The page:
Mystery Society, Vol. 1
Created by Steve Niles and Ashley Wood
Written by Steve Niles
Artwork by Fiona Staples, Andrew Ritchie
Letters by Robbie Robbins, Chris Mowry, Shawn Lee
Cover by Fiona Staples
Release Date: October 2, 2013
Cover Price: $27.99
Volume 1 of Mystery Society takes you on a journey around the world in 160 pages. Nick and Anastasia Hammond, er…I mean Mystery (they had their name legally changed), are the leaders of the newly formed Society and are hell bent on righting wrongs and pretty much just saving the world. Of course, they have their faults. You can’t look that good and have that much money without some issues, right?
Nick is a bit overconfident, not to mention a tad impulsive. These two attributes tend to get him in trouble from time to time. Luckily he’s actually a pretty good superhero, especially when you add his wife, Anastasia, to the mix. She’s far more level headed and meticulous about the plans they make when setting out to solve a problem. The coolest thing about these two is their backstory. They inherited a bunch of money but before that they owned a bookstore (awesome, right?). And it was during those early years that they decided that, if given a chance, they would spend their time helping people. Add in some cool hideouts and gadgets and that is how the Mystery Society was conceived.
Truth be told, there isn’t a lot of “mystery” to the couple, the entire world knows who they are. And Nick really likes to hear himself talk, so secrets are fairly nonexistent. Not to mention the fact that he keeps inviting people to join the Society, which at the beginning of the book is just the husband and wife duo.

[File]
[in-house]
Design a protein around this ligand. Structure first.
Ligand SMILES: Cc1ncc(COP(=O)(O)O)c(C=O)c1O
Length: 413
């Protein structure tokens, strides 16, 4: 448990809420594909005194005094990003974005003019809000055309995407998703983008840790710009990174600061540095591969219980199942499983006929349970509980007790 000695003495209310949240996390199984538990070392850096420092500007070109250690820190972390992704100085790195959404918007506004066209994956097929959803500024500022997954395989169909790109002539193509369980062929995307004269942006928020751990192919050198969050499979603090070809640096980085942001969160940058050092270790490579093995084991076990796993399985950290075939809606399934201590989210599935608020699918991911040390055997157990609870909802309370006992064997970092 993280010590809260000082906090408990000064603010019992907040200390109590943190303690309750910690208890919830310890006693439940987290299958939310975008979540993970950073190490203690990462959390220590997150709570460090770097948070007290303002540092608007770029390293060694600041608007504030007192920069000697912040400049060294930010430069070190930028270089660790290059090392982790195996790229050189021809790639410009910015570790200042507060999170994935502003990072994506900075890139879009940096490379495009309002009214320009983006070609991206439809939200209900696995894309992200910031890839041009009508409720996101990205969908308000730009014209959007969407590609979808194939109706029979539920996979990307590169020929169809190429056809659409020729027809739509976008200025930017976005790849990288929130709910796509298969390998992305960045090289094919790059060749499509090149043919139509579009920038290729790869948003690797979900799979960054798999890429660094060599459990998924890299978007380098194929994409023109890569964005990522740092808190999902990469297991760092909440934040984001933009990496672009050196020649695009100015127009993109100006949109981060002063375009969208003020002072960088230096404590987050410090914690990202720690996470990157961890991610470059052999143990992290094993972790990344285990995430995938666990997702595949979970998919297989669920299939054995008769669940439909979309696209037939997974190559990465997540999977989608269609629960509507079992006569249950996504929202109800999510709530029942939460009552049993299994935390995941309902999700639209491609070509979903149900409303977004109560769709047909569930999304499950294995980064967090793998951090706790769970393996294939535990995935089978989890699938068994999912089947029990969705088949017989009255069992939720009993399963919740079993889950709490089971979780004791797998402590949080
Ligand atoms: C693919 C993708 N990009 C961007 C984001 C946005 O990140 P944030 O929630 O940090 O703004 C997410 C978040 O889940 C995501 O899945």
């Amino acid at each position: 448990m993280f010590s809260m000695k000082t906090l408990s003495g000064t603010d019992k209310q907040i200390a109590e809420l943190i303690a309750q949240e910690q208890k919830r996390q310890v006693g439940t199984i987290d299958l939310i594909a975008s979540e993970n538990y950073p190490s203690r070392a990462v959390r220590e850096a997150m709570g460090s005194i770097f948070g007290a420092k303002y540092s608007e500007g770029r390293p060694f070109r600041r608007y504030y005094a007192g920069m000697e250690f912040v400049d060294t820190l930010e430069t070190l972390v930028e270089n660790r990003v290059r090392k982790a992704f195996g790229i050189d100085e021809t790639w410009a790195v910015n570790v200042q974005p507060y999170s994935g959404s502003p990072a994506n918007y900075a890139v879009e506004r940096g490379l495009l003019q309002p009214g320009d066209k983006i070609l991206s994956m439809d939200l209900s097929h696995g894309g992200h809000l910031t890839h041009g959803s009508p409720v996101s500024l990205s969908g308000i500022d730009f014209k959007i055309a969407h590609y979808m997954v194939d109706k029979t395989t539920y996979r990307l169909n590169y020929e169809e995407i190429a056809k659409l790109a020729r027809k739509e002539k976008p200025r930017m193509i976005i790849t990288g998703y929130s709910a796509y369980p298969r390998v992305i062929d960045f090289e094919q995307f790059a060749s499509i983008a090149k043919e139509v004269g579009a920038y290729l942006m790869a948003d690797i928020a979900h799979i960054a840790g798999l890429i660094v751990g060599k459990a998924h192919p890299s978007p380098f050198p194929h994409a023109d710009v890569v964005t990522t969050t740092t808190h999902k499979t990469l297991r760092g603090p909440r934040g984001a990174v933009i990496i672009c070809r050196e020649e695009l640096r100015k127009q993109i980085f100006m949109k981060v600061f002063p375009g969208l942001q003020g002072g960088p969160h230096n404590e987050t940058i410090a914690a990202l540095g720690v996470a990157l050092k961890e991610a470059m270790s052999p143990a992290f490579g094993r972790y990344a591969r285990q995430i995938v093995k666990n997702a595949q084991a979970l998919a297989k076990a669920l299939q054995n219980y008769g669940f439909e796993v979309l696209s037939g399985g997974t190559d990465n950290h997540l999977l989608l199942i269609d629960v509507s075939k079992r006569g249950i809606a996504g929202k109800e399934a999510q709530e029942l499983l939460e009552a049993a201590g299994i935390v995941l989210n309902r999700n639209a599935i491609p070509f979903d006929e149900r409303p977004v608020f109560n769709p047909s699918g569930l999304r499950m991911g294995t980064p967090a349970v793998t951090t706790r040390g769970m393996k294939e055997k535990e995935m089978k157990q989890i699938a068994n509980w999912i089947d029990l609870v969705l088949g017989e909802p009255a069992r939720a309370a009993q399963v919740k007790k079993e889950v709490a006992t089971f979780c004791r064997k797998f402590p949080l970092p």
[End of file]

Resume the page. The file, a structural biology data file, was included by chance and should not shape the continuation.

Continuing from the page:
We are given a chance to meet some interesting folks, though. For instance, there’s a dead woman known as Secret Skull, though in life she was Samantha Brooks, who shows up as an early entry in the comic. Plus there is a set of young twin girls that are an integral part of the first story and end up being far more (or less, depending on how you see it) than the reader might initially realize. And let us not forget the robot with the brain of one of my favorite writers of all time. Heck, in a later story we are even presented with several literary gothic figures that the Society rescues from imprisonment. All in all, it was a fun ride, though the humor did seem forced from time to time. There really wasn’t a lot to find wrong with it, as I had a good time reading from start to finish.
And a whole lot of that had to do with Steve Niles. The man is a certified genius when it comes to storytelling. Though he sometimes jumps around a lot, in this case he used the character’s vanity to tell his story and build the reader’s knowledge through that plot device. That enabled him to start later in the plot but still catch everyone up to where they needed to be. Then there’s Fiona Staples… oh, how I adore her artwork. So much expression with a minimal amount of effort on the page. Her ability to create the perfect picture to compliment the story is what wins her award after well deserved award. I always look forward to seeing her work, regardless of the comic. In this particular instance, these two make the perfect pair.
I didn’t read this series the first time it was released. Truthfully, I must have missed it on the shelf. But I am glad I took the chance to catch it this time, it’s a fun and modern romp with a bit of a supernatural twist. I wasn’t that keen on the art in the second story but the concept was intriguing so I can’t complain too much. I’d say pick this up if you are a fan of Niles or Staples, they are totally in their element here. It’s worth a read for sure, whether or not you buy it is up to you. I, for one, definitely recommend it for almost any reader over the age of twelve.